Help Protect Your Teen Daughter from Abusive Relationships

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Remember in a previous post when I talked about my “Please Stand Up If…” activity that I do during assemblies for girls?

One of the scenarios that I ask them to stand up for is whether they know a teen girl who is or has been in an abusive relationship.

Typically, 25-30% of the girls in the audience will stand.

What’s even worse?

I’m convinced that number is low because many of the girls in the audience don’t even recognize what an “abusive” relationship is.

And that’s why February has been designated nationally as Teen Dating Violence Awareness Month.

The more light we shine on this epidemic with our girls, the more likely they’ll be able to recognize an abusive relationship the minute it reveals itself and RUN, not walk away.

Hopefully, today’s post and next week’s will do just that and help equip you to protect your daughter from becoming another statistic.

Help your daughter recognize the red flags so she can RUN!

Many girls don’t realize that abusive relationships usually begin long before their boyfriend ever slaps, punches, kicks or chokes them.

And they miss the red flags because they don’t involve “physical” abuse.

(But you and I both know that other forms of abuse can be just as harmful).

Case in point:

Recently a 15-year-old young lady told me that when she broke up with her boyfriend he threatened to commit suicide if she left him.

Although she didn’t want to continue dating him, she agreed to stay because she didn’t want to be the reason someone killed himself.

I told her that was manipulation and a red flag for the start of an abusive relationship.

Not to mention, she wasn’t responsible for his life.

I asked her how far she’d be willing to take this. Would she be willing to marry a man who told her if she didn’t marry him he would kill himself?

At 15, she’s way too young to feel stuck in a relationship she doesn’t want to be in.

So, I’m thankful that she confided in me and I was able to point out that her boyfriend’s manipulation was a red flag.

Does that mean he was definitely going to physically abuse her? Maybe not.

But is that a risk you’d want your daughter to take?

I didn’t think so.

You’d want her to RUN, not walk away from that relationship.

And that’s what your daughter needs to hear from you.

Talk about different scenarios (like this one and the one below), point out red flags that she should take notice of, and help prepare her to RUN for her own safety.

But at the end of the day, your daughter has to believe that she deserves better.

Otherwise she could end up in a similar situation as this next young lady: Putting her abuser before herself.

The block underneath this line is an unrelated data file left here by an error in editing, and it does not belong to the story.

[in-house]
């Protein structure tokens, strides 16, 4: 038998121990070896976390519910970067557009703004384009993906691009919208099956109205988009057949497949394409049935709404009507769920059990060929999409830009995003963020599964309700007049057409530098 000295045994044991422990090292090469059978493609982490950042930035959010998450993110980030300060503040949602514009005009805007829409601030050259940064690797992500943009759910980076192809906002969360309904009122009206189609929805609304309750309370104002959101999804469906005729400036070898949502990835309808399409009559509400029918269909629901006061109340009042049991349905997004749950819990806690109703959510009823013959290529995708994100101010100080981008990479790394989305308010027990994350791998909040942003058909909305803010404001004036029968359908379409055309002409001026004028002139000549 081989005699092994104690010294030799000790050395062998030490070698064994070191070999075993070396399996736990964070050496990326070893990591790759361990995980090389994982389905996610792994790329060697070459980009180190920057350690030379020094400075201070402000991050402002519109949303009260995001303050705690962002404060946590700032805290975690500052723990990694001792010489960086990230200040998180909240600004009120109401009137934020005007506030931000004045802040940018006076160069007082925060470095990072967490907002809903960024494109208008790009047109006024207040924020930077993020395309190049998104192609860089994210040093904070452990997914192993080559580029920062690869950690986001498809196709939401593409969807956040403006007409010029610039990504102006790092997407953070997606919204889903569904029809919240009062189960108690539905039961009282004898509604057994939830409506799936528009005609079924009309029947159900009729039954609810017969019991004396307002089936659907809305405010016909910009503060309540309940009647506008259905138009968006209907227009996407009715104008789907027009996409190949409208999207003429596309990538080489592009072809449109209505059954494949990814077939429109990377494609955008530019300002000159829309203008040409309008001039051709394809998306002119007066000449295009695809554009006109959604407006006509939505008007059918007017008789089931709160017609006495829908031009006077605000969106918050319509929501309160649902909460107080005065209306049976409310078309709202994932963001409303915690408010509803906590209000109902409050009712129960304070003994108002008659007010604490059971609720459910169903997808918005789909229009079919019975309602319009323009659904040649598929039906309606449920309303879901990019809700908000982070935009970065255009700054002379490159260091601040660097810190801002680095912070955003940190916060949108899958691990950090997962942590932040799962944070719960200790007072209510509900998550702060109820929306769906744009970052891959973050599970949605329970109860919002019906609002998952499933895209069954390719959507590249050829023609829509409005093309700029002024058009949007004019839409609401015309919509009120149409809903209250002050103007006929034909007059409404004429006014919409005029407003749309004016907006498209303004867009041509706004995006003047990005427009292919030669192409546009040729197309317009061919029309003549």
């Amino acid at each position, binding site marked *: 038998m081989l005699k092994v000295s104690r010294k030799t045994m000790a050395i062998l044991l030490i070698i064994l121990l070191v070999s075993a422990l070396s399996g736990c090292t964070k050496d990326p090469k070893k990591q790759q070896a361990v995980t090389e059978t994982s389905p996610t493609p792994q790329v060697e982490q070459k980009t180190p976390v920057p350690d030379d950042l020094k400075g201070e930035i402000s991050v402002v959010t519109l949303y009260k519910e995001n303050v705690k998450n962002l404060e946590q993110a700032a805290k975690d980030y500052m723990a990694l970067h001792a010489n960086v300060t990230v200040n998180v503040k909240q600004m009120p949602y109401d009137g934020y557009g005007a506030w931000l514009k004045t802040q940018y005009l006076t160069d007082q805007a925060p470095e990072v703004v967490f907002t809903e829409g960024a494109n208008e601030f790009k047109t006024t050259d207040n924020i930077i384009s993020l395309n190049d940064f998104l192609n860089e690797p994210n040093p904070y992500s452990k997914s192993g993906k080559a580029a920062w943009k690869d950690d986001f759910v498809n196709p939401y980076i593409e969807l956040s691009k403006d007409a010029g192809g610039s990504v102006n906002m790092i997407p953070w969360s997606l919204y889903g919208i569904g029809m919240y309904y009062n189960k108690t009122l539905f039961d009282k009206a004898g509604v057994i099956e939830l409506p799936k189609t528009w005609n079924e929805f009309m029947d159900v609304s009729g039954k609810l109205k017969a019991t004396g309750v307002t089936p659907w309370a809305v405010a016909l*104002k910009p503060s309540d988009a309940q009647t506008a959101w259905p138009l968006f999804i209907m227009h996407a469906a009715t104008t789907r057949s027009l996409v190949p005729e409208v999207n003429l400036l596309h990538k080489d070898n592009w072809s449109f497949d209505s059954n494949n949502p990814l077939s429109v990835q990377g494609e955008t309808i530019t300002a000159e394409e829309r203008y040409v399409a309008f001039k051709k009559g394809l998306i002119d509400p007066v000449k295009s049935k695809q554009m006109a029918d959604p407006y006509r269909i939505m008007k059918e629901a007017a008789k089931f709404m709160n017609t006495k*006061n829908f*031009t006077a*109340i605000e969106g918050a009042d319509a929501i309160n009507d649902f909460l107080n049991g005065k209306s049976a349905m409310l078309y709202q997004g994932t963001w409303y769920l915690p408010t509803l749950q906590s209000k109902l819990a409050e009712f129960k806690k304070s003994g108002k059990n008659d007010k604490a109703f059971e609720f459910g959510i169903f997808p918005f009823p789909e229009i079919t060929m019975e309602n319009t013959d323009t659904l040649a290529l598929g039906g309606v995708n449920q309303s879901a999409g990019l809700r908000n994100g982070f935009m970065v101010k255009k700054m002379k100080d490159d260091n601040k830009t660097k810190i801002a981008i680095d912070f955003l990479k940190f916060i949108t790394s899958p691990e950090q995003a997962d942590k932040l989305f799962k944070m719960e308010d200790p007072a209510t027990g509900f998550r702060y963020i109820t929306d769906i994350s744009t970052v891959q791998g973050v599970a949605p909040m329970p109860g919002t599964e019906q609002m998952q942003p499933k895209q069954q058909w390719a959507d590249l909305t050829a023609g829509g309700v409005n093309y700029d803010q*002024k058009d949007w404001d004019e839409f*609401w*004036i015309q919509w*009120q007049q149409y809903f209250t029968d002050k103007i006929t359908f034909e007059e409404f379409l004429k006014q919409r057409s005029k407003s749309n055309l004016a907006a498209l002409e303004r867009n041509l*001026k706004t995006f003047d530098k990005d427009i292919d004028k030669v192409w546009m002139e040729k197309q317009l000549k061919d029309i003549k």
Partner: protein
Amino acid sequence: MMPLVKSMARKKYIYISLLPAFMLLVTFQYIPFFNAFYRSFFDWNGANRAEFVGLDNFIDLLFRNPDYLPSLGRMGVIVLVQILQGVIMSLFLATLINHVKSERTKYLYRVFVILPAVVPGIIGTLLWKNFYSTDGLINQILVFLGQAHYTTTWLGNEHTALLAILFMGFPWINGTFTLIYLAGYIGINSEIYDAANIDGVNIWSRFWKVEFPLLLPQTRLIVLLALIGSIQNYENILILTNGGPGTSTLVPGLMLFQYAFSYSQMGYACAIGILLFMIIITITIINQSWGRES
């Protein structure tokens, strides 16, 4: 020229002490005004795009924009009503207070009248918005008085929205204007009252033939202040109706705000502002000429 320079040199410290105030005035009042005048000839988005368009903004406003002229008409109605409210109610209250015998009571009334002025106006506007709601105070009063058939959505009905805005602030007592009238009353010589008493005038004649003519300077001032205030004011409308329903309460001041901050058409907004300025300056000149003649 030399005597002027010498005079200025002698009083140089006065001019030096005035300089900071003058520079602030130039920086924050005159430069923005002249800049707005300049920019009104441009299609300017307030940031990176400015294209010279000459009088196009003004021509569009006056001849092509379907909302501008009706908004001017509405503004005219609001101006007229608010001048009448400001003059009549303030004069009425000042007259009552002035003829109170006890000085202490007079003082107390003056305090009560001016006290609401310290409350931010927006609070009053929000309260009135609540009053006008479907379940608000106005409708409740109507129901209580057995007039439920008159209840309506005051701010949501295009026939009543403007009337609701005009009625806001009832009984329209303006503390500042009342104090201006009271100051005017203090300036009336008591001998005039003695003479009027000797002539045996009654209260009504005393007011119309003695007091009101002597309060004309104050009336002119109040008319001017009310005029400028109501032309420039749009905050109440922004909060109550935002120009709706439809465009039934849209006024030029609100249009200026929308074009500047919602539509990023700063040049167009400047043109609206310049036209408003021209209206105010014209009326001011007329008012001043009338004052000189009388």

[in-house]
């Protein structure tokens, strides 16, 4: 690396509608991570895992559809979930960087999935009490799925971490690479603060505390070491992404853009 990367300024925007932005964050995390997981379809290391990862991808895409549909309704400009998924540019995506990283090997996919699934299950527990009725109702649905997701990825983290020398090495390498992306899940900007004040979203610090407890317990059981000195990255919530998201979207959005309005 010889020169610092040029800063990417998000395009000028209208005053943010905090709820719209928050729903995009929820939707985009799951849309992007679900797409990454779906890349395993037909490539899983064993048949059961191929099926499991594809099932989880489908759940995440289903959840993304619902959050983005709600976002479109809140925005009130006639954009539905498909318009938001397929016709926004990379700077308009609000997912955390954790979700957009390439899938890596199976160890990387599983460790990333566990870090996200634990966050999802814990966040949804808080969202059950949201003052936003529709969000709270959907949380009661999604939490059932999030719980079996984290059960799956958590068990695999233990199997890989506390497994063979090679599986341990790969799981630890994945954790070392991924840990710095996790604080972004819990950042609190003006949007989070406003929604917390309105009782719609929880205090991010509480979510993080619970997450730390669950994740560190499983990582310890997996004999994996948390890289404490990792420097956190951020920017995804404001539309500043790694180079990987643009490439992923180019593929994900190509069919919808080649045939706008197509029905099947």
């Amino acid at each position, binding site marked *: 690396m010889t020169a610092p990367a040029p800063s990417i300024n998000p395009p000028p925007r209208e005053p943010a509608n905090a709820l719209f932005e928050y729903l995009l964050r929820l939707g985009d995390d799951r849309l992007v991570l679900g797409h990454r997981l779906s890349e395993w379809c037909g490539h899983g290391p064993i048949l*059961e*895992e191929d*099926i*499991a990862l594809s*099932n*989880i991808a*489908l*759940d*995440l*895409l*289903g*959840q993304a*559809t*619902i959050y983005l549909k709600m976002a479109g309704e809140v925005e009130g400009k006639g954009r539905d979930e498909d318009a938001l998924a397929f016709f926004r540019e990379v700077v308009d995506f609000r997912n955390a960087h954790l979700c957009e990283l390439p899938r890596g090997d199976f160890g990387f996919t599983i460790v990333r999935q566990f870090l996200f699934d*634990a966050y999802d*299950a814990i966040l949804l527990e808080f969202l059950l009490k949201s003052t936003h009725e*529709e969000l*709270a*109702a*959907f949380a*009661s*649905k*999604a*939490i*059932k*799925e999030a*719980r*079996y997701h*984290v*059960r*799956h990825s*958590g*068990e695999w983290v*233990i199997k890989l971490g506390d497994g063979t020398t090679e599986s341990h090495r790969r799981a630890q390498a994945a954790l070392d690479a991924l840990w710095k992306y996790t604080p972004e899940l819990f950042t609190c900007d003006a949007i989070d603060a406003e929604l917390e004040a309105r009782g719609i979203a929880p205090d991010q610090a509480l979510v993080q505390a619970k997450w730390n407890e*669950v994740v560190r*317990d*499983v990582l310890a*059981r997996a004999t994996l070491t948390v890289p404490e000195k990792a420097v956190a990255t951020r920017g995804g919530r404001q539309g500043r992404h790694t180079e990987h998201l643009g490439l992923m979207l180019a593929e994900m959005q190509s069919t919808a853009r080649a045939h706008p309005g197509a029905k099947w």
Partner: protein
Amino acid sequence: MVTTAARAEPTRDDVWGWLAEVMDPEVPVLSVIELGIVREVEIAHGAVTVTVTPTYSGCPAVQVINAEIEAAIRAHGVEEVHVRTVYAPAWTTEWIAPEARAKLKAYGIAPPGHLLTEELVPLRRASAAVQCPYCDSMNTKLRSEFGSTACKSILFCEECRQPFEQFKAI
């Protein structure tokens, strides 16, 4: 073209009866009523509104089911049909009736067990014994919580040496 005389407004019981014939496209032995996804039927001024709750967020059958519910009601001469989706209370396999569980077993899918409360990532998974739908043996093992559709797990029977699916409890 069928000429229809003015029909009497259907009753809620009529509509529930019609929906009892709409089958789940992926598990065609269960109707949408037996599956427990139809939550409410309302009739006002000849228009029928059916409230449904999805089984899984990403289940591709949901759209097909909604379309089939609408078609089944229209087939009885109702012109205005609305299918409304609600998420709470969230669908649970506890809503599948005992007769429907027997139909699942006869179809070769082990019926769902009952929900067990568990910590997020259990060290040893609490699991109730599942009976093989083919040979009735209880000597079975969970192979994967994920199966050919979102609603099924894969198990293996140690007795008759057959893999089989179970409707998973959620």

Help Your Daughter Save Herself, NOT her abuser!

I had a shocking conversation with an 8thgrade girl recently that broke my heart.

She told me that she dated a guy from the age of 9 to 11.

When she was 11 and her boyfriend was 12, he tried to get her to have sex with him.

Get this: It happened in December and he told her that she wouldn’t have to buy him a Christmas present if she had sex with him.

(Is that really the line guys are using nowadays? Who knew? And I wonder if it ever works?)

When she refused, he choked her, leaving a bruise on her neck.

She lied and told her mom that the bruise was a hickey because she said she’d rather get in trouble for having a hickey than get him in trouble for choking her.

I’ll let that sink in for a minute: She would rather lie and get in trouble than to tell the truth and get her abuser in trouble. AND she’s only 11 years old!!!!

Is that not one of the saddest things you’ve ever heard???

I am beside myself trying to figure out how this happens at such a young age.

What has happened in our society that would cause girls as young as 11 to think so little of themselves that they don’t believe they deserve to be treated with respect?

Unfortunately, if this young lady doesn’t learn her worth soon, she’ll be the teenage girl who will cover up for the abusive boyfriend in high school.

The young woman who will cover up for her abusive boyfriend in college.

Or even the grown woman who will cover up for her abusive husband when she’s married.

That is NOT the future we want for your daughter!!

So please, if you haven’t already, start having regular conversations with her about dating violence.

Don’t leave it up to the culture to define what a healthy relationship looks like!

Because if you do, your daughter may very well think that a boyfriend who’s jealous or controlling really cares about her.

Or that putting up with jealousy and controlling behavior proves that she really cares about him.

Unfortunately, this is how a lot of girls think.

That’s why next week’s post will tackle the unhealthy thought process that leads many girls to confuse abusive behavior as “love” and ultimately remain in abusive dating relationships.

But that’s not all.

I’m also hosting a special, Teen Dating Violence Awareness Month “talk” for teen girls on Instagram Live this Thursday at 7:00 pm EST.

Have your daughter go here to tune in. We’ll be discussing topics such as:

  • Different types of “abuse” (i.e. physical, sexual, verbal and digital)
  • Red flags (i.e. manipulation, controlling behavior)
  • Why girls stay in abusive relationships
  • What to do to get out of an abusive relationship

In the meantime, what red flags of possible abusive behavior have you told your daughter to look out for in dating relationships?

Lastly, on a scale of 1 to 10 (1 = doubtful and 10 = absolutely certain), how confident are you that your daughter would RUN and not walk away from an abusive relationship because she knows she deserves better?

Share your thoughts in the comments below.

And please come back next week for Part 2 of my Teen Dating Violence Awareness Month series.

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